Want to hear a good story? Listen to any Adam Carroll song. His Texas peers sure have, over and over again, and are quick to heap superlatives on a stoic artist whose compositions provide a solitary glimpse into a verdant imagination.
Jon Dee Graham says Carroll "may be the best songwriter that Texas ever produced," while Robert Earl Keen proclaims, "If all were right with the world, Adam Carroll would be the Townes Van Zandt of our age."
"His lyrics are like a good book: They take you somewhere and leave you better than they found you," says Terri Hendrix.
Slaid Cleaves calls Carroll "the quintessential small-town songwriter," adding, "Travel outside the cities of this country and you'll recognize the barbecue-joint waitresses, the rice farmers, the karaoke singers, the black-flag pirates and the hi-fi lovers of this land--you'll meet them all in Adam's true-to-life songs."
Now, with the release of two new albums--I Walked in Them Shoes is a solo effort, wile Good Farmer was recorded in tandem with his wife, Chris Carroll--there are more characters to meet, at once fascinating and familiar.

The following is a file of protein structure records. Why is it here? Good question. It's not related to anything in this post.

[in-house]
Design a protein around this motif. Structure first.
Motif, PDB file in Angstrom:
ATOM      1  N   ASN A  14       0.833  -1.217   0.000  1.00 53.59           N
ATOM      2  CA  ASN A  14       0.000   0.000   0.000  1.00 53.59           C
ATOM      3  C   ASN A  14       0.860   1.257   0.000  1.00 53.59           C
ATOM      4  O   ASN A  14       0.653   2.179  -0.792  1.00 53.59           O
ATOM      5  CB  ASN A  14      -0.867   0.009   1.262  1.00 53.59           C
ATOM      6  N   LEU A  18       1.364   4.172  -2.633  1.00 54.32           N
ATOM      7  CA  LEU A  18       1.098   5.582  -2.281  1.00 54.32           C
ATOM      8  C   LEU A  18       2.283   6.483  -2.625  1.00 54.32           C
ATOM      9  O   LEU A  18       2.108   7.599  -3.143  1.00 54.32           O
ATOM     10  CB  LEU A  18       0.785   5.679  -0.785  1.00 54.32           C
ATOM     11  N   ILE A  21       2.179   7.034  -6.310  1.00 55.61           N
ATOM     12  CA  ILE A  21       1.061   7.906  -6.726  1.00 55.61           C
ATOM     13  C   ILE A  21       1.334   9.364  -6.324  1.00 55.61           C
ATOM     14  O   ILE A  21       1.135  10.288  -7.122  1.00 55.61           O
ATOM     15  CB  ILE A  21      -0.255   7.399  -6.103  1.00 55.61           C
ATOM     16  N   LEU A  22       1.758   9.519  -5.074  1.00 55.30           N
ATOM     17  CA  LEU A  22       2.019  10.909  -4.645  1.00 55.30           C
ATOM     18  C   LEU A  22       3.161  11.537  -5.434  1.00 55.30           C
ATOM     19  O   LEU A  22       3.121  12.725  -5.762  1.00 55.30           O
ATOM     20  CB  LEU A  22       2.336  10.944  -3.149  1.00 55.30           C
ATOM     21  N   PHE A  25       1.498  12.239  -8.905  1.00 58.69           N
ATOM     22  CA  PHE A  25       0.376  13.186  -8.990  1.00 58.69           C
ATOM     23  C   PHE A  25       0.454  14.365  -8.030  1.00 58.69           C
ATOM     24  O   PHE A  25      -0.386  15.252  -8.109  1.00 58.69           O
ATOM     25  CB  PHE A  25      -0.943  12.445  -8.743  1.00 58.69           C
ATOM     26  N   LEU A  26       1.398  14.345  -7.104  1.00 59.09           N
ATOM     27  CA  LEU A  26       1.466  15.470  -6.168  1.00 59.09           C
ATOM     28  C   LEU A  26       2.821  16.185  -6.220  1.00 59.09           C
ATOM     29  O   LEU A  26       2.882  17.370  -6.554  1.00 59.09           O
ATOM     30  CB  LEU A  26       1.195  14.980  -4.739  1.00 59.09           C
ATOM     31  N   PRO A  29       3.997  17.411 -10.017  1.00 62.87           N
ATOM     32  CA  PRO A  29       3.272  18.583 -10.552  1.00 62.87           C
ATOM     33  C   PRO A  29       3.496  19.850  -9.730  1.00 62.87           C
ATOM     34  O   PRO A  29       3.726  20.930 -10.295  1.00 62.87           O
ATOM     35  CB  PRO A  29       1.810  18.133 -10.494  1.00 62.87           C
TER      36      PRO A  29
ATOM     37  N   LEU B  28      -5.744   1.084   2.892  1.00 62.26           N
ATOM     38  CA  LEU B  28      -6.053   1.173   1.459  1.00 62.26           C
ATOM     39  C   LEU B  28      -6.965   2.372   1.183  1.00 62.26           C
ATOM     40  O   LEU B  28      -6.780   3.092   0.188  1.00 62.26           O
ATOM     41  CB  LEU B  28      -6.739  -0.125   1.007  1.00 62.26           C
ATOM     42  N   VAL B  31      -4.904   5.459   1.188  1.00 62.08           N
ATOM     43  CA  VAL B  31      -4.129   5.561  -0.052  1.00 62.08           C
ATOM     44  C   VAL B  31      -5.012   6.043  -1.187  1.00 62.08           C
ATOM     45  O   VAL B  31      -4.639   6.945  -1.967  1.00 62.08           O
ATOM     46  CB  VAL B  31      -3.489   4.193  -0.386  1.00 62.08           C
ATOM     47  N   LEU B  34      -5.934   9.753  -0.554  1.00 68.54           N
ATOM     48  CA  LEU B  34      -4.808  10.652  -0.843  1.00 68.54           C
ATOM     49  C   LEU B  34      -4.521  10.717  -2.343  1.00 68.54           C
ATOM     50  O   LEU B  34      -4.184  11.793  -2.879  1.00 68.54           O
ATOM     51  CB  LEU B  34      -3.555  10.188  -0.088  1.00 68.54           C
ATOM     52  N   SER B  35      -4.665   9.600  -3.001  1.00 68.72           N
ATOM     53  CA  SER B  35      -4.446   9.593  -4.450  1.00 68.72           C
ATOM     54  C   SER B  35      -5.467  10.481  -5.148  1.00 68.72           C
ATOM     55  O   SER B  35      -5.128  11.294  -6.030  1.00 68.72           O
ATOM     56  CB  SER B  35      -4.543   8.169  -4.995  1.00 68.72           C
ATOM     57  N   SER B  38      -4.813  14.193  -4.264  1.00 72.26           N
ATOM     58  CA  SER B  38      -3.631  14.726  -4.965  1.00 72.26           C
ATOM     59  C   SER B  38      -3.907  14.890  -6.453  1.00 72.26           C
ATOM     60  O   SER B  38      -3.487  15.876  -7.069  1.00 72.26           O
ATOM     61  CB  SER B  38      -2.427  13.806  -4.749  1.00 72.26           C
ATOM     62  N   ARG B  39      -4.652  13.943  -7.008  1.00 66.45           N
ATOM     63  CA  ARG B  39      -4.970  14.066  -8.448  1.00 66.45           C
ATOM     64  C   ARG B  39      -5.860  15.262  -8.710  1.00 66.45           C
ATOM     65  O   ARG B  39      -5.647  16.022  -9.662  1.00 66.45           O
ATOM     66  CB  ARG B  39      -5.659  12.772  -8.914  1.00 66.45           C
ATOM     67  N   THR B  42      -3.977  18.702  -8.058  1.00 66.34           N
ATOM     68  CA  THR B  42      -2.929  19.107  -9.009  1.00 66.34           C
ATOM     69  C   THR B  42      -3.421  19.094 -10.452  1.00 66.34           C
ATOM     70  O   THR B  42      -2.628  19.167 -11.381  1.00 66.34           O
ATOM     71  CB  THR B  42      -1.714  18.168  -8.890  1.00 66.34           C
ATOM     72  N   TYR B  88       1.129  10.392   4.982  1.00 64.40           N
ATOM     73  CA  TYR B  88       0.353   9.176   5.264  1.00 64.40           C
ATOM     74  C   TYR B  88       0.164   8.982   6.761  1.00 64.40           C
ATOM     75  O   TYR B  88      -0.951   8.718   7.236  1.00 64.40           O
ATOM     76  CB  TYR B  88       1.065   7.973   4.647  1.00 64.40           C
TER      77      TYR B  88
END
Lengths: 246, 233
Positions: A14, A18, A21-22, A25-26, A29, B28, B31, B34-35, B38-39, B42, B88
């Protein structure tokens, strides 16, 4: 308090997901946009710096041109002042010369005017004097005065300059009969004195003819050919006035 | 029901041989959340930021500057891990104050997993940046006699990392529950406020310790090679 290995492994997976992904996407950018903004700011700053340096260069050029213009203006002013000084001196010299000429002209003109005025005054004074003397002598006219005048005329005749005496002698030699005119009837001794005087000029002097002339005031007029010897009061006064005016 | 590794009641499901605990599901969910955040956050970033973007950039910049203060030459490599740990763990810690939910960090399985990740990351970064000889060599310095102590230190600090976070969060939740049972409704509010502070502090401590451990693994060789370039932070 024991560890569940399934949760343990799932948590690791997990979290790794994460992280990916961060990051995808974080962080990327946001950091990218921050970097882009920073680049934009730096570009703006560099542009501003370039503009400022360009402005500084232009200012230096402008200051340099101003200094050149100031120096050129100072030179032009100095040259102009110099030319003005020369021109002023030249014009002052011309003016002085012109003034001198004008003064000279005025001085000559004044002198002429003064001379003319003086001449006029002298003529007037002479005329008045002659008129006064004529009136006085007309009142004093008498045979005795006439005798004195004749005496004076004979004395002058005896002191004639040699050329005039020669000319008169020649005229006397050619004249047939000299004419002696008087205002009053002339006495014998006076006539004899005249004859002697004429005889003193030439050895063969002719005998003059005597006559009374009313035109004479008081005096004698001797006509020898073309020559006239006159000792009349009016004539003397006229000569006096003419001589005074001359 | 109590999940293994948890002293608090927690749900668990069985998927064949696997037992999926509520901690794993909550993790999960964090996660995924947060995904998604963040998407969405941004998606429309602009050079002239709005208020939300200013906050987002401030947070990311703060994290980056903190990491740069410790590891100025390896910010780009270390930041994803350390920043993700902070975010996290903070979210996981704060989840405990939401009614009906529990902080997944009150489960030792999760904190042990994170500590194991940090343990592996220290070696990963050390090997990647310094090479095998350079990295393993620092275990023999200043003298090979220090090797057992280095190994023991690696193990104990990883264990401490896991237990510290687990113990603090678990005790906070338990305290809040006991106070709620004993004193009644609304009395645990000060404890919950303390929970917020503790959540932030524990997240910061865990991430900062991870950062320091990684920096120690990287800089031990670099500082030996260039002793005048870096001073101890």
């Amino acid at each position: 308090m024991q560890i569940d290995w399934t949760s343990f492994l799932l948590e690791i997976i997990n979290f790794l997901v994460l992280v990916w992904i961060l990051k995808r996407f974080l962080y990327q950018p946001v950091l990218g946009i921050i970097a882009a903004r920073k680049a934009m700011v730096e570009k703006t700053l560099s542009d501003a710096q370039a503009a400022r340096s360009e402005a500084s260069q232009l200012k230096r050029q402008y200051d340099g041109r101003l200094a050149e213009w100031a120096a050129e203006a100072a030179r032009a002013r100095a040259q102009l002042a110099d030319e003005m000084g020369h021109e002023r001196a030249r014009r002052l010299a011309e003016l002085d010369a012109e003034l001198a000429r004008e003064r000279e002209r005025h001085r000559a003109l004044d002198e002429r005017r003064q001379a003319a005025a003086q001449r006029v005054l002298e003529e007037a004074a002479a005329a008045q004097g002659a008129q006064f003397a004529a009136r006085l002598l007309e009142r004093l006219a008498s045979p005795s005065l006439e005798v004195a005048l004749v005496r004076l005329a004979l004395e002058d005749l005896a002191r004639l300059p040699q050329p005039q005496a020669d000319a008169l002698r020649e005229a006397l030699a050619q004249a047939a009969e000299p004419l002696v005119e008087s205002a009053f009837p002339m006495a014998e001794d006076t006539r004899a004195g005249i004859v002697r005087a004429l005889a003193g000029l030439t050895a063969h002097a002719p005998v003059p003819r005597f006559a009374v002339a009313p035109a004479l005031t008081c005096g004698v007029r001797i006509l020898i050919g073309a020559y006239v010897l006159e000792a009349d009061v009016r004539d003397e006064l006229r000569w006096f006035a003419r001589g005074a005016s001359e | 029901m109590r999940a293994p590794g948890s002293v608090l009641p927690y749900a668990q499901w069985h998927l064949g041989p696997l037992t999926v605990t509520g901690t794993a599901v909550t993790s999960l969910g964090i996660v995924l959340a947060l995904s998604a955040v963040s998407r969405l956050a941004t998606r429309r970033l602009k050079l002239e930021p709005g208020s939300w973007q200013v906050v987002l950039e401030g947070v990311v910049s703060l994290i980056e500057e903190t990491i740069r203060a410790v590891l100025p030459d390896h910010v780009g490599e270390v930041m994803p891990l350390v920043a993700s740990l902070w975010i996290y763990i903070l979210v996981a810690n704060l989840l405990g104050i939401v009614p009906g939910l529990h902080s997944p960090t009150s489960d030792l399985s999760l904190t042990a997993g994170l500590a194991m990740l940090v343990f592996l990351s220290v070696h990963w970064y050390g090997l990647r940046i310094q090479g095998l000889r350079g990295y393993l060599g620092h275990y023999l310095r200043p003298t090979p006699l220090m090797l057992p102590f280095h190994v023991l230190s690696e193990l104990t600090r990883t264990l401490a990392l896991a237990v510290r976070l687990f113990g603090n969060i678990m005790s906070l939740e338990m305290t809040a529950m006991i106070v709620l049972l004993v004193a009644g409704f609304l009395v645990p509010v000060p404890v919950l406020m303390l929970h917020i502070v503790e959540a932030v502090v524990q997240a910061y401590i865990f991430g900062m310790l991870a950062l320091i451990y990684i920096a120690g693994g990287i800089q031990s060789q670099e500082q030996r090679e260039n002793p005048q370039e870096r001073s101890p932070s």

Carroll grew up in Tyler, Texas, which he describes as "pretty southern" compared to other Lone Star habitats, in the '70s and '80s. This led him to identify with great southern bards like Flannery O'Connor and Lucinda Williams, even if he felt a bit out of place in his hometown.
“I had a few friends, but I was very shy—still am,” he explains. “But I was pretty good at reading, so I tended to live in my head. I was kind of imagining writing stories for myself.”
Music was a constant in the Carroll household. Adam’s mom is a musician, while his dad had a killer record collection—John Prine, Johnny Cash, Jimmie Rodgers, and the like. Adam took piano lessons and sang in a choir, but when he purchased Neil Young’s Harvest as a senior at a North Carolina boarding school, he developed a fervent desire to play guitar.
Chis Carroll is originally from St. Catharines, Ontario. She now lives in San Marcos, Texas with her husband and music partner Adam Carroll.
Carroll’s music does a little bit of genre hopping, pulling in influences from all over the map, but her music is still deep within the Americana roots and has the ability to draw in an audience. Chris released her debut record, “Trouble & Time” in 2014, produced by David Beck (Sons of Fathers & Blue Healer).
“Chris Carroll’s recording, Trouble & Time, has so many expressions…just like a human face. Tracks like “Mister” smirk at you while “Dreaming You Up” has a Mona Lisa smile quality to it. Each song emotes such intimate eye contact, just like her live performance, and I don’t think Chris will be the first to blink.” ~ Susan Gibson